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Mrs. FEINSTEIN. Madam President, I rise to speak in support of the Wildfire Emergency Act, bipartisan legislation that Senators Padilla, Daines, Wyden, and I are introducing today, to help address the threat of catastrophic wildfire throughout the West.
Wildfires have always been a part of life in California and other Western States, but climate change and drier forests have increased the threat of catastrophic wildfire. The new fire season is nearly year- round, and the wildfires themselves are more destructive as they spread faster and burn hotter.
The new reality of the wildfire threat requires transformative action to protect our forests and neighboring communities. Our bill would do just that, empowering Federal, State, and local land managers to make both our forests and infrastructure more resilient.
The most recent National Climate Assessment, conducted by leading scientists from the research community and across the Federal Government, found that the number of acres burned in the Western United States is double what would have burned without climate change.
My home State of California knows this all too well as it is the epicenter of this destructive phenomenon. The top three worst wildfire seasons in California were all in the last 5 years, including the largest single wildfire in California history in 2021. Since 2017, wildfires have burned more than 11 million acres, killed nearly 200 people, and destroyed more than 32,000 homes.
Worryingly, these wildfires are predicted to only grow worse as climate conditions continue to change, and the Federal Government has not yet adequately responded. Important investments in wildfire resilience were included in the Infrastructure Investment and Jobs Act and the Inflation Reduction Act, which were enacted in the last Congress, but stakeholders are nearly unanimous in supporting additional policy changes to improve the pace and scale of wildfire resiliency treatments.
At the same time, the urgency of this crisis should not prompt Congress to vitiate important environmental safeguards. Throughout my time in the Senate, I have consistently championed the preservation and careful stewardship of our treasured forests, and this bill will be no different.
Our Wildfire Emergency Act is the result of a considered approach to the wildfire crisis and includes feedback from conservationists, public and private stakeholders, and the U.S. Forest Service.
First, it would provide the U.S. Forest Service with a pilot authority to leverage private financing options to increase the pace and scale of forest restoration projects. These projects would involve a collaborative approach to forest management to ensure that the forests are protected.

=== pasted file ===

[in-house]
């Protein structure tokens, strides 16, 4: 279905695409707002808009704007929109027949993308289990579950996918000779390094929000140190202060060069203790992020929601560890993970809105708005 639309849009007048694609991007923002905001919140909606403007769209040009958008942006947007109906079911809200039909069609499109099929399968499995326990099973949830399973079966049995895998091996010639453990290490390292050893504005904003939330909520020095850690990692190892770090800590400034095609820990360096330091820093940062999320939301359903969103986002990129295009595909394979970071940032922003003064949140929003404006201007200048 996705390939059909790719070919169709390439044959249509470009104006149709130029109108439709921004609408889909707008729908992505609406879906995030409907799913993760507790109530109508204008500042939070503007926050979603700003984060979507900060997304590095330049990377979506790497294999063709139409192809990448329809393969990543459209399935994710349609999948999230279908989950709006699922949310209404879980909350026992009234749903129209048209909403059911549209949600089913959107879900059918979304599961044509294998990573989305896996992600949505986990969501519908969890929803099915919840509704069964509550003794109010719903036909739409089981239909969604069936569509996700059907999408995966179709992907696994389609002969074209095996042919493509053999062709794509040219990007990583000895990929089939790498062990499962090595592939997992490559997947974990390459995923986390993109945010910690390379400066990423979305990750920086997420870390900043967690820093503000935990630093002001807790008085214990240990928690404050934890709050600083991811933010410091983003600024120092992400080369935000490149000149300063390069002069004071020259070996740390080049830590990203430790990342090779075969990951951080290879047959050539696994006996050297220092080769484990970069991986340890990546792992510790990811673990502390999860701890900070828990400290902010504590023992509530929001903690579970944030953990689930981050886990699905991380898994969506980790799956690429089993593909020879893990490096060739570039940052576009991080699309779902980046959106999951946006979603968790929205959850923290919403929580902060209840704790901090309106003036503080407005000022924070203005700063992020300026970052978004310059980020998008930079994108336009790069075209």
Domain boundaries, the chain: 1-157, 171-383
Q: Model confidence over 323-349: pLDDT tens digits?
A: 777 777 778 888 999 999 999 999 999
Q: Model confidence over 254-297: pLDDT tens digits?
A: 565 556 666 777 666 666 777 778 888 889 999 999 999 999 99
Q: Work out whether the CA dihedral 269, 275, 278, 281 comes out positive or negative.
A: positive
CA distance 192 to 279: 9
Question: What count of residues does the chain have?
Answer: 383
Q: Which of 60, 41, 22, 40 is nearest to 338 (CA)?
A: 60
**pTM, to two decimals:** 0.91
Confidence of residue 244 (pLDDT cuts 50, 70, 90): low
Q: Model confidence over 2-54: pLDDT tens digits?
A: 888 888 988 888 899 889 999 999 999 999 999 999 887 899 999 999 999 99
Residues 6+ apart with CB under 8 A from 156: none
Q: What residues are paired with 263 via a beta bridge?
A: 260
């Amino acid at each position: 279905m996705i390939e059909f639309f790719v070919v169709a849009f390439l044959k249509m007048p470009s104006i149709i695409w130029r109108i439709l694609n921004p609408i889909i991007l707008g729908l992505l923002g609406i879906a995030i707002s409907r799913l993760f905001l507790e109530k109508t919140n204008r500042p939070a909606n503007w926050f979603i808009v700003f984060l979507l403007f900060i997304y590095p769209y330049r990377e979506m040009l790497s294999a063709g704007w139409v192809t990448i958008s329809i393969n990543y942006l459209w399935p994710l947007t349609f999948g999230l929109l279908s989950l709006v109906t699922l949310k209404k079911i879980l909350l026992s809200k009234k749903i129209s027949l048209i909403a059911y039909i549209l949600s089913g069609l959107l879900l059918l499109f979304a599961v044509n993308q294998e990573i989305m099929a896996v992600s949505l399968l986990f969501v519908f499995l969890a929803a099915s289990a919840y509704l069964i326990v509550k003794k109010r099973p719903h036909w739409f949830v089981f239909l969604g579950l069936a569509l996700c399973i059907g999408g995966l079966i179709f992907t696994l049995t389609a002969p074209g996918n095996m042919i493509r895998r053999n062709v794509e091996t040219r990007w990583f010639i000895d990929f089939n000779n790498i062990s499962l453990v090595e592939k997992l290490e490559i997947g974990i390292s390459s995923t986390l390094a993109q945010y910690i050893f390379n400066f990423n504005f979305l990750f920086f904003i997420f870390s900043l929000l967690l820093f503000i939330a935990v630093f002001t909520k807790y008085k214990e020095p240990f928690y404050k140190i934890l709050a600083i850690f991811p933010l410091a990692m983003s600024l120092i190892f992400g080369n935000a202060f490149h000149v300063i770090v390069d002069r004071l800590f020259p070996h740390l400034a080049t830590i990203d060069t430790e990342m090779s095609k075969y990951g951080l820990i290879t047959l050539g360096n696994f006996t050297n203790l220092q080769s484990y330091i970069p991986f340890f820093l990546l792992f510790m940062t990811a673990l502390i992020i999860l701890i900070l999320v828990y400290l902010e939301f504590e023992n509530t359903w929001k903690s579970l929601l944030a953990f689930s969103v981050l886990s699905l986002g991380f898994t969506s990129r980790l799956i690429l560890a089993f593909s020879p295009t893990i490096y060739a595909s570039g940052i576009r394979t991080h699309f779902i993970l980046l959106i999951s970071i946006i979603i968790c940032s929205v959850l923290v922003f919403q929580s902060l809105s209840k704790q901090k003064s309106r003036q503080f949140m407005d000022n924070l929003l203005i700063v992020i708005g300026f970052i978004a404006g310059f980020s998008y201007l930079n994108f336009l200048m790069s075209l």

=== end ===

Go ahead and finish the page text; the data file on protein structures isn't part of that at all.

This conservation finance model would be a new way of implementing forest restoration work, but the principle at its core is that forests are vital to a healthy environment and populace. Forests provide shade and wind breaks, stabilize steep mountain slopes, and help purify our water. These benefits have tangible value, and the financing model we develop here would make those benefits plain for all to see.
In addition, the bill makes energy resilience a priority across the Federal Government. It would help develop and fund backup power for critical infrastructure like drinking water or hospitals, and put a renewed focus on wildfire detection and monitoring. As vulnerable as our forests are, it takes just one spark to ignite an entire mountain. The sooner our firefighters can detect and respond to these fires, the better our chances of preventing more communities from devastation.
In addition, the bill would provide grants to low-income households to make fire-resilient upgrades to their homes. Thanks to home insurance regulatory changes taking place in California, wildfire retrofits could also help lower insurance premiums and reduce the financial burden on rural homeowners. The bill would also make grants available to low-income communities to help involve them in planning and implementing forest restoration projects on the lands surrounding their homes.
Lastly, our bill recognizes that the forest management workforce is also in crisis. The U.S. Forest Service and Department of Interior have experience chronic staffing shortages in wildland firefighters for years. And even though the bipartisan infrastructure law and Inflation Reduction Act provided historic levels of funding for forest conservation work, the Bureau of Labor Statistics predicts an overall decline in the forest conservation workforce in the next 10 years.
To address these issues, our bill would create new funding sources for forest management education and firefighter training. It would also establish a prescribed fire training center in the Western United States, to train the next generation of firefighters and forestry technicians in the landscapes where their skills are most needed.
The simple reality is that wildfires will continue to happen in the West. They are an integral part of the West's ecology, even if climate change has exacerbated their scale and intensity. Our job must be to prepare for these wildfires to the extent we are able, to use the best available science to make our forests more resilient, and ensure that our communities remain safe.
That is why Senators Padilla, Daines, Wyden, and I have introduced this bill today, and I urge my colleagues to support and pass it as soon as possible.
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